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In the Ethnic Group tab on the Sidebar are included 4 classifications: Mestizo, White, Black and Yellow. What's given as a reference for these particular groups is the Census from 1960, however when looking up said census on the Dominican National Statistics Office one will come across this page (https://www.one.gob.do/censos/poblacion-y-vivienda/censo-1960) in which there's 2 documents given one is an Excel Document and the other is a compressed archives document. The .rar link for downloading is currently down. However the .xlsx is currently available (direct link to download it here: https://www.one.gob.do/Multimedia/Download?ObjId=2737) and on it on the "Cuadro 6" section which is the corresponding section on race the categories used are (In order of most to least people): Mulato, White, Black and Yellow. Looking up newer censuses I can't seem to find any sections on race or ethnicity/ethnic group so, wouldn't it make more sense to edit so that it aligns itself with the categories actually set out by the Dominican National Statistics Office on the last census in which this was taken statistics of?, meaning that I personally think it'd be more accurate if the Mestizo category put in this sidebar was edited to Mulato instead? — Preceding unsigned comment added by Patja89 (talk • contribs) 04:43, 26 February 2018 (UTC)
Recently we have had some very minor stats added about slavery to a few main country articles like this one (as seen below). Most have been removed by others on the grounds of WP:UNDUE when the country does not have a rights probelms. I personally agree with this and removed it here and joined the talk on the users page who's adding this all over. But since this is the first place a second editor restored it....I will start a talk. Not sure a Stat of this nature with a margin of error greater then the actual number because it's so small needs to be here. If this was a country with human rights problems I could see why it would be included...but just not sure here.....so asking for imput.--Moxy (talk) 01:59, 15 March 2018 (UTC)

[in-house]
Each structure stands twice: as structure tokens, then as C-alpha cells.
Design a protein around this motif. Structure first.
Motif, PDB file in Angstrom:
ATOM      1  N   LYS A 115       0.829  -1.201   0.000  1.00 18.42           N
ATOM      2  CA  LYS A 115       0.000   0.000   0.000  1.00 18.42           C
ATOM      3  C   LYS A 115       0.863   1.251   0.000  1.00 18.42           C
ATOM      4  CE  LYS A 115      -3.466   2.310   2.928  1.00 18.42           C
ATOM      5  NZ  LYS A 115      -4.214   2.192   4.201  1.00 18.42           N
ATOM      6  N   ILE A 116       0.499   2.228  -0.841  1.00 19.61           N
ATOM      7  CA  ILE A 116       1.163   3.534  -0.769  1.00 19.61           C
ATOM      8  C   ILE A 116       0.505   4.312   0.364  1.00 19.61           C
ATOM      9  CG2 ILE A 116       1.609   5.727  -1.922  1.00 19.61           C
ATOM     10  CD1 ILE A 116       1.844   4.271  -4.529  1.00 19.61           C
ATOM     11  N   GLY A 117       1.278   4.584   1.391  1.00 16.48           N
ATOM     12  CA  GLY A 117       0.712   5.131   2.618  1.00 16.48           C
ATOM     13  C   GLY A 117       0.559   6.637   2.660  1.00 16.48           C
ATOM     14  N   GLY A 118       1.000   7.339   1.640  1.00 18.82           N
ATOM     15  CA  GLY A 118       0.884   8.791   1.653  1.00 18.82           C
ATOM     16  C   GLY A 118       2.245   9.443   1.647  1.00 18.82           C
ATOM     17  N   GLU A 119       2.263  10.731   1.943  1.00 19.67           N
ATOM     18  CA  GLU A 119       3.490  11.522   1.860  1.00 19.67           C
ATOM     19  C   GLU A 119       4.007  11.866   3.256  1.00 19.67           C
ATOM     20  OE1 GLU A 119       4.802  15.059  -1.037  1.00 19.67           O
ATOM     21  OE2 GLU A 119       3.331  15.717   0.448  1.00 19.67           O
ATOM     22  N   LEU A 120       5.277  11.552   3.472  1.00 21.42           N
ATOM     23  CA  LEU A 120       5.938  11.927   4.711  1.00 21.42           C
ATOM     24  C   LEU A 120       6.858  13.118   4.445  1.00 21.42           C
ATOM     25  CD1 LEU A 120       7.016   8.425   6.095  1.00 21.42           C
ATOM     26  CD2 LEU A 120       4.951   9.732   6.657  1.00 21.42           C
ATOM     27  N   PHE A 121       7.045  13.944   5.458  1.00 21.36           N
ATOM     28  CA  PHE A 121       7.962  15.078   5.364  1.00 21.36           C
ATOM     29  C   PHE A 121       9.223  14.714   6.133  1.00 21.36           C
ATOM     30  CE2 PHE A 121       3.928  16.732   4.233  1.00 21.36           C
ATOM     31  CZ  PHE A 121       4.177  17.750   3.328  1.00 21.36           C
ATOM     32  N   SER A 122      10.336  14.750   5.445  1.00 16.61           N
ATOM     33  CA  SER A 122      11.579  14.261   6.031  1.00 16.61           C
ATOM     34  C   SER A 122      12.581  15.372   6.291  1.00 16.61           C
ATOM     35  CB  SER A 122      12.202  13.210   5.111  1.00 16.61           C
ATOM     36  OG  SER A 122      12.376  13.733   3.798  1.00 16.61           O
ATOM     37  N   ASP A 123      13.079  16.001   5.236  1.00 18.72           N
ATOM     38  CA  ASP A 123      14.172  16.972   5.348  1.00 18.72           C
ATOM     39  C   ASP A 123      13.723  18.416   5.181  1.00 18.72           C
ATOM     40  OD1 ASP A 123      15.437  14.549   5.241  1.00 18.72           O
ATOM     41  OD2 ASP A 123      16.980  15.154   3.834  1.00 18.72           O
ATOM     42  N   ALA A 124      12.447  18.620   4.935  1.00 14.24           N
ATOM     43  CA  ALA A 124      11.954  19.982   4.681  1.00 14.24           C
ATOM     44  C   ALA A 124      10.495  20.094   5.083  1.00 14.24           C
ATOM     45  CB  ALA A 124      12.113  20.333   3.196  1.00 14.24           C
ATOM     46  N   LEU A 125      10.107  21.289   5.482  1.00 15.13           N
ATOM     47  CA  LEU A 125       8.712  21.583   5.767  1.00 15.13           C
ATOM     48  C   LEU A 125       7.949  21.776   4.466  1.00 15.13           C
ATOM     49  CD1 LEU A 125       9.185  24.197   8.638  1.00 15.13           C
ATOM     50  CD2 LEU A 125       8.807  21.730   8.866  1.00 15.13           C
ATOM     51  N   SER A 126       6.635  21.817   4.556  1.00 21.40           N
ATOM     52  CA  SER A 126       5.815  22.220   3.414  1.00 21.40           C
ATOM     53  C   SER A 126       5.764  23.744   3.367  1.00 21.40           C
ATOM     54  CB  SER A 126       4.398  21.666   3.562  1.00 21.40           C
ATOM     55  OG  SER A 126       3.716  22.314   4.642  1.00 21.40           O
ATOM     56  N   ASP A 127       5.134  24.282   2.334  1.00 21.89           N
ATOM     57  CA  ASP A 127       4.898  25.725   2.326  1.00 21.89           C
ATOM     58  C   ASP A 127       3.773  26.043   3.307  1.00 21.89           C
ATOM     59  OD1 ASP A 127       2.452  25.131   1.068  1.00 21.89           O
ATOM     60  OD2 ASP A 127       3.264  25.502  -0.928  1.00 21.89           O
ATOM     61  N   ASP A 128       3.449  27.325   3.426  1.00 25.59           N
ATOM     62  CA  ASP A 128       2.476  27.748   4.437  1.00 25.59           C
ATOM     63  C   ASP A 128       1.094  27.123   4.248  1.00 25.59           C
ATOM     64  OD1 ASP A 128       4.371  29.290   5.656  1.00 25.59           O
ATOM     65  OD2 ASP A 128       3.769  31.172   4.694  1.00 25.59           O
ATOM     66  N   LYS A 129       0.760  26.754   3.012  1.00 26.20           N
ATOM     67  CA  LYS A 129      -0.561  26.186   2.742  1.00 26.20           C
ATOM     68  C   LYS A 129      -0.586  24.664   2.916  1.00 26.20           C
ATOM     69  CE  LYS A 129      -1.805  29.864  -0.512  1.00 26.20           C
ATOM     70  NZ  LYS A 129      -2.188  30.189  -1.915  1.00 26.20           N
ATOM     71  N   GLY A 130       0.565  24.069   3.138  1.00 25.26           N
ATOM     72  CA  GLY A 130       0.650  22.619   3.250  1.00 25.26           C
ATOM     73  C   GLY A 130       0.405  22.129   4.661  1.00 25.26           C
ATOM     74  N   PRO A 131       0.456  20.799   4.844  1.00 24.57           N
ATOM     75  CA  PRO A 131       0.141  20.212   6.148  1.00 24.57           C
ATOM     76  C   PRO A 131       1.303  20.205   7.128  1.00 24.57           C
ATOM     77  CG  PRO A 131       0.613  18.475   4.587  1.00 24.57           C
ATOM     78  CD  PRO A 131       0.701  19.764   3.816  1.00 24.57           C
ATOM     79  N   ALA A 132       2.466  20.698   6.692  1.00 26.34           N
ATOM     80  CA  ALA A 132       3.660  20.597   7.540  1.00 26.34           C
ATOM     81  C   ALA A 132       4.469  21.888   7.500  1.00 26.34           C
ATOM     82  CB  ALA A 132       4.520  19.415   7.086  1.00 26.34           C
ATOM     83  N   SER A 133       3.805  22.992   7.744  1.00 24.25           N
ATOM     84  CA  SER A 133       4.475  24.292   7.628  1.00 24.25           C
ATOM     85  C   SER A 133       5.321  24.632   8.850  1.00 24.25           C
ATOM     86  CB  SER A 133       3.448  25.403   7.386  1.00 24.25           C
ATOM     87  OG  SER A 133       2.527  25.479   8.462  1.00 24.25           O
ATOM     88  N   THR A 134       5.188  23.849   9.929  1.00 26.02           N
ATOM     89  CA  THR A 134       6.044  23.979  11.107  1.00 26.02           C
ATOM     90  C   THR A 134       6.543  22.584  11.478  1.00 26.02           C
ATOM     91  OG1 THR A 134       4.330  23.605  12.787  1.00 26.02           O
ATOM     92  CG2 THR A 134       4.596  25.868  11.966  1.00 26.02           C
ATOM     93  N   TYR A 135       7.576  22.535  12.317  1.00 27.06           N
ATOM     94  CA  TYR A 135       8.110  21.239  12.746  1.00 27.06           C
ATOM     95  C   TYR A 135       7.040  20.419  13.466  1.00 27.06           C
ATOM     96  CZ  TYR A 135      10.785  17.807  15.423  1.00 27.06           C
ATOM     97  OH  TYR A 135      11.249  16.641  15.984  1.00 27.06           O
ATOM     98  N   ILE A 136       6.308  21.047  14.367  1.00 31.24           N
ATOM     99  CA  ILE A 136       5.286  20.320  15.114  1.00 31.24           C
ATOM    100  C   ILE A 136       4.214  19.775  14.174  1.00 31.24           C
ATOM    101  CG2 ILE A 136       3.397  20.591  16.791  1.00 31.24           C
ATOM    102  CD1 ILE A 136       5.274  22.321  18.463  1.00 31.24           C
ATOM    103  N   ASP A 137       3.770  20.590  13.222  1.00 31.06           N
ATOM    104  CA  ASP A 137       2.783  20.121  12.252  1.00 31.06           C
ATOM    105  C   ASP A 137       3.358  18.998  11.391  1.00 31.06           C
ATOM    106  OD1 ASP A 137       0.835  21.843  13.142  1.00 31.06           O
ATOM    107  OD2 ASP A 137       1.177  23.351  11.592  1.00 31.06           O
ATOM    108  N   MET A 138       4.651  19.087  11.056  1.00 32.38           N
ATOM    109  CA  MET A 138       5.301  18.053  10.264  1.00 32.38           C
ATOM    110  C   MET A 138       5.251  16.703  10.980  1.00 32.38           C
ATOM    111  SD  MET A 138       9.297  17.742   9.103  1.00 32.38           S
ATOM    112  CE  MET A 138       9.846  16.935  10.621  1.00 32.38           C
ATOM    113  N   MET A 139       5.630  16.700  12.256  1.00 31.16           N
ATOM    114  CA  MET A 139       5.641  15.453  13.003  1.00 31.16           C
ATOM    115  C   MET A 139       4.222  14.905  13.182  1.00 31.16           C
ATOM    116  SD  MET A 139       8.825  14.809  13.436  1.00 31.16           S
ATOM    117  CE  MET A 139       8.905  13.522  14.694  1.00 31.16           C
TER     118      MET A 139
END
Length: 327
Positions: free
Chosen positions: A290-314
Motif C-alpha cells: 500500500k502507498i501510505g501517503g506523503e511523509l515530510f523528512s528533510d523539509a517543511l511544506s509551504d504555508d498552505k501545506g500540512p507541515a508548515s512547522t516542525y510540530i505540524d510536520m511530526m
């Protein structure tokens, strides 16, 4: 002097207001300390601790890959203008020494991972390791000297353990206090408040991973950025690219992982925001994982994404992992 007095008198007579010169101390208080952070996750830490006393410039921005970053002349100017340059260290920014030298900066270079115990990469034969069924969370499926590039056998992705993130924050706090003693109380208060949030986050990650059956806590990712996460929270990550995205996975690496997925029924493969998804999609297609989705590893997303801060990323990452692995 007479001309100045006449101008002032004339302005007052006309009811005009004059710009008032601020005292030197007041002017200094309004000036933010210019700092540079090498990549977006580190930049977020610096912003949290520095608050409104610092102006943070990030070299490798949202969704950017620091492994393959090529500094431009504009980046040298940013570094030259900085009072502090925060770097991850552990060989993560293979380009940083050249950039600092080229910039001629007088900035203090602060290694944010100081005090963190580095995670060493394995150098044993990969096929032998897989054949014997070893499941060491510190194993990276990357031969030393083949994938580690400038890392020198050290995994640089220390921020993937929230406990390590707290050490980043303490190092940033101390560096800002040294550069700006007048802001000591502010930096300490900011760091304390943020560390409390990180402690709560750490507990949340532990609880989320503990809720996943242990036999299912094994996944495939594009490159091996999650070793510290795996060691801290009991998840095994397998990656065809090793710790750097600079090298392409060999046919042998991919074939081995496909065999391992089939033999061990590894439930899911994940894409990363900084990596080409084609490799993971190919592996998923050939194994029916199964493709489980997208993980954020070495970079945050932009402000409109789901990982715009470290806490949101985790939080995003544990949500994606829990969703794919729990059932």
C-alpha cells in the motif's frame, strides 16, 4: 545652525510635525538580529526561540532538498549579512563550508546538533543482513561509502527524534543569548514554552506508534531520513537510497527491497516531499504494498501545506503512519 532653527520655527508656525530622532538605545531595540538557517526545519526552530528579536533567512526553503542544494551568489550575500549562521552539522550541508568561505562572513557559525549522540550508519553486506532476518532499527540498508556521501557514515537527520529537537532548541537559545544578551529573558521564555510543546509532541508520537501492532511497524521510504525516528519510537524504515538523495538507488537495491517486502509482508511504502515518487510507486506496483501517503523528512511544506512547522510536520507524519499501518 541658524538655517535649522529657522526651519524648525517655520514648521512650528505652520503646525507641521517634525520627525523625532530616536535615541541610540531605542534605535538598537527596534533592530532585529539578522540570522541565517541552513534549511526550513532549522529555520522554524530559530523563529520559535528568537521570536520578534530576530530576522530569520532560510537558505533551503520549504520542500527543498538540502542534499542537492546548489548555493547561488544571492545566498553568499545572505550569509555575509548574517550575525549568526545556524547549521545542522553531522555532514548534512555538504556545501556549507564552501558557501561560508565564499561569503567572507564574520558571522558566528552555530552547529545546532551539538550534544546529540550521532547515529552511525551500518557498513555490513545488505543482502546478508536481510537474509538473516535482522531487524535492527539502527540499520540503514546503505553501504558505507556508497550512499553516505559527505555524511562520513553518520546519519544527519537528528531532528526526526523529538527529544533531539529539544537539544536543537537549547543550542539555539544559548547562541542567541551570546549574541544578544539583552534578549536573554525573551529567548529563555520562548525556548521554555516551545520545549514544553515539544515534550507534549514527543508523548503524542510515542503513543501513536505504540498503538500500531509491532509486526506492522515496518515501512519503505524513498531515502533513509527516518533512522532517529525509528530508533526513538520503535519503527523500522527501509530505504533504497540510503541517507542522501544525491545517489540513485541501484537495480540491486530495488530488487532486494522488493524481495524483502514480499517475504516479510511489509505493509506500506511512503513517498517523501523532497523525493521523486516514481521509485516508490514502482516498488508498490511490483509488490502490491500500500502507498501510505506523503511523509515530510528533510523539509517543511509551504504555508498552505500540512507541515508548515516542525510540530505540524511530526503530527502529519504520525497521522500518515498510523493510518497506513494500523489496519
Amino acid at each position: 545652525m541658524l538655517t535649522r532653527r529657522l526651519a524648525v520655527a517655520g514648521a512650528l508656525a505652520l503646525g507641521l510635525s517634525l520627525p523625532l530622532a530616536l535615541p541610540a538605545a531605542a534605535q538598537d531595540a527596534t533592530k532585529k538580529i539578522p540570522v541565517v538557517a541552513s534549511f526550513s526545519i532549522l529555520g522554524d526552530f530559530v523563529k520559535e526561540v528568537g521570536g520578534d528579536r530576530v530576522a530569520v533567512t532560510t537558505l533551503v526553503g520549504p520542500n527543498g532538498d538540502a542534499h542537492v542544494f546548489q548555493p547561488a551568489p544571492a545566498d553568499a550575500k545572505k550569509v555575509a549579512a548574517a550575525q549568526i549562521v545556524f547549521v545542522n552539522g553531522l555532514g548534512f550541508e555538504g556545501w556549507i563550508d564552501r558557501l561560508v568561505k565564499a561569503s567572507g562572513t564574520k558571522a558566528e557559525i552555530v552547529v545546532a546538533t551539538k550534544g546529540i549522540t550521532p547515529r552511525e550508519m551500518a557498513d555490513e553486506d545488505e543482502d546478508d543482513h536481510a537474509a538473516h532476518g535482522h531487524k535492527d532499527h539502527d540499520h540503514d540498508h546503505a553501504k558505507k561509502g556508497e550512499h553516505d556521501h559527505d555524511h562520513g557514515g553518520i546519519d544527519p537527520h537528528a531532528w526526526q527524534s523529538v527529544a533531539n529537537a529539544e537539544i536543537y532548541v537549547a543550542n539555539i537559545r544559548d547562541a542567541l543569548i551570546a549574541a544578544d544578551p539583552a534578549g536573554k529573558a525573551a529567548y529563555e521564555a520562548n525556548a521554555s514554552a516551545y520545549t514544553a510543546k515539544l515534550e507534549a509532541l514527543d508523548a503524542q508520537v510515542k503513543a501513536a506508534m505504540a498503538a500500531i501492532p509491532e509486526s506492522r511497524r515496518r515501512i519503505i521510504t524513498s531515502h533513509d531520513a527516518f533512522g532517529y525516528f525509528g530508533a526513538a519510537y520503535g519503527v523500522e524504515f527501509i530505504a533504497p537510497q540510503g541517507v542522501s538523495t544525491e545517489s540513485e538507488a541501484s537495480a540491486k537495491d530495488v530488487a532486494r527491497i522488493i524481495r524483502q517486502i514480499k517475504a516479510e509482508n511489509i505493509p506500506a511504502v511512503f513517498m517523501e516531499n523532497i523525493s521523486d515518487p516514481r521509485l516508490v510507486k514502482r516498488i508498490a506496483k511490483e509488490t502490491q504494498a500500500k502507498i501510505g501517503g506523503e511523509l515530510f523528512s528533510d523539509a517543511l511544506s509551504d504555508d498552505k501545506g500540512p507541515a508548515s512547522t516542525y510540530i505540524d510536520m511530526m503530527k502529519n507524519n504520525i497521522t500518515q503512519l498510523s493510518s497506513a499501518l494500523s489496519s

According to the 2016 Global Slavery Index, an estimated 104,800 people are enslaved in the modern day Dominican Republic, or 1.00% of the population. Some slaves in the Dominican Republic are held on sugar plantations, guarded by men on horseback with rifles, and forced to work
First, you boldly removed sourced content without discussion on this talk page and I reverted your removal. Suggested practice is the boldly edit, revert and discuss cycle, so I would say you started the edit-warring: but two to tango and all that.
I disagree emphatically with removing this well-sourced and important material. The Global Slavery Index page on the Dominican Republic is footnoted with data from the United States Department of State, the World Bank, the Human Rights Watch, the Human Rights Council Working Group of the UN General Assembly, and the International Organisation for Migration, among other reliable sources. I don't know where you got the information that there's "a margin of error greater then the actual number", but one per cent of the population is a huge proportion; for comparison, one per cent of the US population would be about 3,260,000 persons, hardly an unsubstantial number.